CyberPatriot is the National Youth Cyber Education Program. At the center of CyberPatriot is the National Youth Cyber Defense Competition. The competition puts teams of high school and middle school students in the position of newly hired IT professionals tasked with managing the network of a small company. In the rounds of competition, teams are given a set of virtual images that represent operating systems and are tasked with finding cyber security vulnerabilities within the images and hardening the system while maintaining critical services in a six-hour period. Teams compete for the top placement within their state and region, and the top teams in the nation earn all-expenses paid trips to Baltimore, MD for the National Finals Competition where they can earn national recognition and scholarship money.​

With the extraordinary shortage of cybersecurity professionals, many of the community colleges across the State have developed advanced cybersecurity training course offerings. Many include virtual labs to provide 24/7 access to environments that let students practice advanced hacking and penetration testing techniques. Advanced courses like those mentioned above are typically taught during the evening hours […]

Are you a student or parent looking for a CyberPatriot team to join? A Middle or High School faculty or administrator who is interested in setting up a team and want to know who is participating in your area? A Community College faculty or administrator interested in collaborating with local High Schools to help build […]

As a Community College you are always looking to reach out to local high school students to bring them into the rich IT training offering you have. Hosting a CyberPatriot competition for your area or region can bring many students and their parents to your campus to interact with IT faculty and students. This is […]

Setting up a CyberPatrot team a great opportunity for Community College and High School faculty to collaborate on guiding students into a technology career. This collaboration can lead to important expanded relationships such as Dual Enrollment agreements and articulation agreements. Colleges or High Schools can host CyberPatriot teams as soon as they are ready to […]

CyberPatriot is the premier national cyber defense competition that brings together multiple skills for middle and high school students to work together as a team in a virtual environment to solve real-world cybersecurity problems. The challenges presented in the competition help students build skills today for a future career in cybersecurity. Competition challenges include forensics, networking, […]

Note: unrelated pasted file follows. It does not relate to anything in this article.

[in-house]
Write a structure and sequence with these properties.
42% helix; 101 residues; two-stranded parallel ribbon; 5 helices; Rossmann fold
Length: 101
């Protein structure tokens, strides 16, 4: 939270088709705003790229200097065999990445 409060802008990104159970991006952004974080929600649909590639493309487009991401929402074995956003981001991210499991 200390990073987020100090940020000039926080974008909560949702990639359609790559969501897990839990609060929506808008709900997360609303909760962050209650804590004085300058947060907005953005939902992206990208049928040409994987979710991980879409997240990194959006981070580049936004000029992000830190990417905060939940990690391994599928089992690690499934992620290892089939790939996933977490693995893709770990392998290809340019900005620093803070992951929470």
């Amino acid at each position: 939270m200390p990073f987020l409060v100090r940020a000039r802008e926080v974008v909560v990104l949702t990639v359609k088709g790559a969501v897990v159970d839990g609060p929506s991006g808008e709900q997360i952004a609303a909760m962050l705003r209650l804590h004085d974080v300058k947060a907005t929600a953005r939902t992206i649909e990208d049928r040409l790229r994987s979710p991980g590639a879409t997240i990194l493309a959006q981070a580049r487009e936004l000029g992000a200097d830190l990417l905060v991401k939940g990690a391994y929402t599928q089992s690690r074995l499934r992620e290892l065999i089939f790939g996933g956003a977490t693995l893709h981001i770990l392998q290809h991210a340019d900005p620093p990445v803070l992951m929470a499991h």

ARLINGTON, Va., Aug. 4, 2016 /PRNewswire-USNewswire/ — The Air Force Association’s CyberPatriot program has announced Southern California Cybersecurity Community College Consortium as its ninth CyberPatriot Center of Excellence.

CyberPatriot, the nation’s largest and fastest growing youth cyber education program, is AFA’s flagship science, technology, engineering and mathematics (STEM) program dedicated to strengthening cyber skills among American youth. The Center of Excellence designation is awarded to communities and institutions that provide leadership and support to further the educational experiences of their students through the CyberPatriot program. CyberPatriot established the Centers of Excellence program in 2011, and has since then recognized eight other entities – Los Angeles Unified School District, the City of San Antonio, Spokane Public Schools, Rose State College (Okla.), Fairfax County Public Schools (Va.), STEMspark East Tennessee Innovation Hub, Huntsville City Schools (Ala.), and Lee’s Summit R-7 School District (Mo.).

Seventeen middle- and high-schoolers gathered around computers in a classroom on Sierra College’s Nevada County campus — it was time to put their newly-acquired cybersecurity skills to the test with a friendly competition.

The four different teams of students had three hours to complete a myriad of tasks to make their computers more secure, including installing virus protection, putting a firewall in place, monitoring computer processes and setting different levels of permission for viewing certain folders.